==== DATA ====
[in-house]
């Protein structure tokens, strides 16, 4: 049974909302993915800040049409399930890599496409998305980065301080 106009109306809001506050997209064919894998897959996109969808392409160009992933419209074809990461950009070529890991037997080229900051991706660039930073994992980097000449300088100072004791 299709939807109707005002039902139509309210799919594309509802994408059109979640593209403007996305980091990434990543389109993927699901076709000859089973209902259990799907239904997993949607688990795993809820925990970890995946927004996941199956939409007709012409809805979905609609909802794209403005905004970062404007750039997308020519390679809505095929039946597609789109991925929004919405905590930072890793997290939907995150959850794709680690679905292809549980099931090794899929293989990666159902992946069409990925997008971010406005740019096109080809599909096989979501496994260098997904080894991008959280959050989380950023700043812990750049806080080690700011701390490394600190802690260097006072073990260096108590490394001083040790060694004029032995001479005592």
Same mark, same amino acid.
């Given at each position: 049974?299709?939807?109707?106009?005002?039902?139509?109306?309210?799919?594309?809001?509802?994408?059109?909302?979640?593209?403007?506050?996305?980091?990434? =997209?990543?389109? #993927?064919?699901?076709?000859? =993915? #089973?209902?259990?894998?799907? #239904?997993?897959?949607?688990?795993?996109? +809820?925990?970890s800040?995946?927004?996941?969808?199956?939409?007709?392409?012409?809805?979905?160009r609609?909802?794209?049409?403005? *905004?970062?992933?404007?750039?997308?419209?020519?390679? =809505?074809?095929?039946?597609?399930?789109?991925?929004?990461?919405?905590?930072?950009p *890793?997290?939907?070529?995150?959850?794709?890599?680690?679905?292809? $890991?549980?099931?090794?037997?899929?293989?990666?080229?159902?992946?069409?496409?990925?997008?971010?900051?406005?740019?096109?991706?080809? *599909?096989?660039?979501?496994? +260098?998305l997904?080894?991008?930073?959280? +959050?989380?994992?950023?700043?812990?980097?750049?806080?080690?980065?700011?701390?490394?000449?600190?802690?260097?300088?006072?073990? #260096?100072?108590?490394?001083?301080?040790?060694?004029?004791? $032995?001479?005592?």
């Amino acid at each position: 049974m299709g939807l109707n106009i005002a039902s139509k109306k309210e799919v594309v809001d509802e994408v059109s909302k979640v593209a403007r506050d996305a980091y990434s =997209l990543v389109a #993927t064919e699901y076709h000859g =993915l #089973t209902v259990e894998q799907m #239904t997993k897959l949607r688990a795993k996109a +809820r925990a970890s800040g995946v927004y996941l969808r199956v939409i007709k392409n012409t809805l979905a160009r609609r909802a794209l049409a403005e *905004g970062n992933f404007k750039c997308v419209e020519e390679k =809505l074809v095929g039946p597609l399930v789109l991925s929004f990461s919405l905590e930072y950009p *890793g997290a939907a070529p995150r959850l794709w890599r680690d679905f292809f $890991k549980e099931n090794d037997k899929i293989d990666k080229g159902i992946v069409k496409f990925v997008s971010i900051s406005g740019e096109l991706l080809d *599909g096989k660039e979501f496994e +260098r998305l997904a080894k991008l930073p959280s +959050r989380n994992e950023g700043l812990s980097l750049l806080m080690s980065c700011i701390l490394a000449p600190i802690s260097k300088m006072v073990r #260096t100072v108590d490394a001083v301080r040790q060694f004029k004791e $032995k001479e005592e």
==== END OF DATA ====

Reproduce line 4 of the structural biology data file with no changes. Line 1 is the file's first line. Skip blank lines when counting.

């Given at each position: 049974?299709?939807?109707?106009?005002?039902?139509?109306?309210?799919?594309?809001?509802?994408?059109?909302?979640?593209?403007?506050?996305?980091?990434? =997209?990543?389109? #993927?064919?699901?076709?000859? =993915? #089973?209902?259990?894998?799907? #239904?997993?897959?949607?688990?795993?996109? +809820?925990?970890s800040?995946?927004?996941?969808?199956?939409?007709?392409?012409?809805?979905?160009r609609?909802?794209?049409?403005? *905004?970062?992933?404007?750039?997308?419209?020519?390679? =809505?074809?095929?039946?597609?399930?789109?991925?929004?990461?919405?905590?930072?950009p *890793?997290?939907?070529?995150?959850?794709?890599?680690?679905?292809? $890991?549980?099931?090794?037997?899929?293989?990666?080229?159902?992946?069409?496409?990925?997008?971010?900051?406005?740019?096109?991706?080809? *599909?096989?660039?979501?496994? +260098?998305l997904?080894?991008?930073?959280? +959050?989380?994992?950023?700043?812990?980097?750049?806080?080690?980065?700011?701390?490394?000449?600190?802690?260097?300088?006072?073990? #260096?100072?108590?490394?001083?301080?040790?060694?004029?004791? $032995?001479?005592?």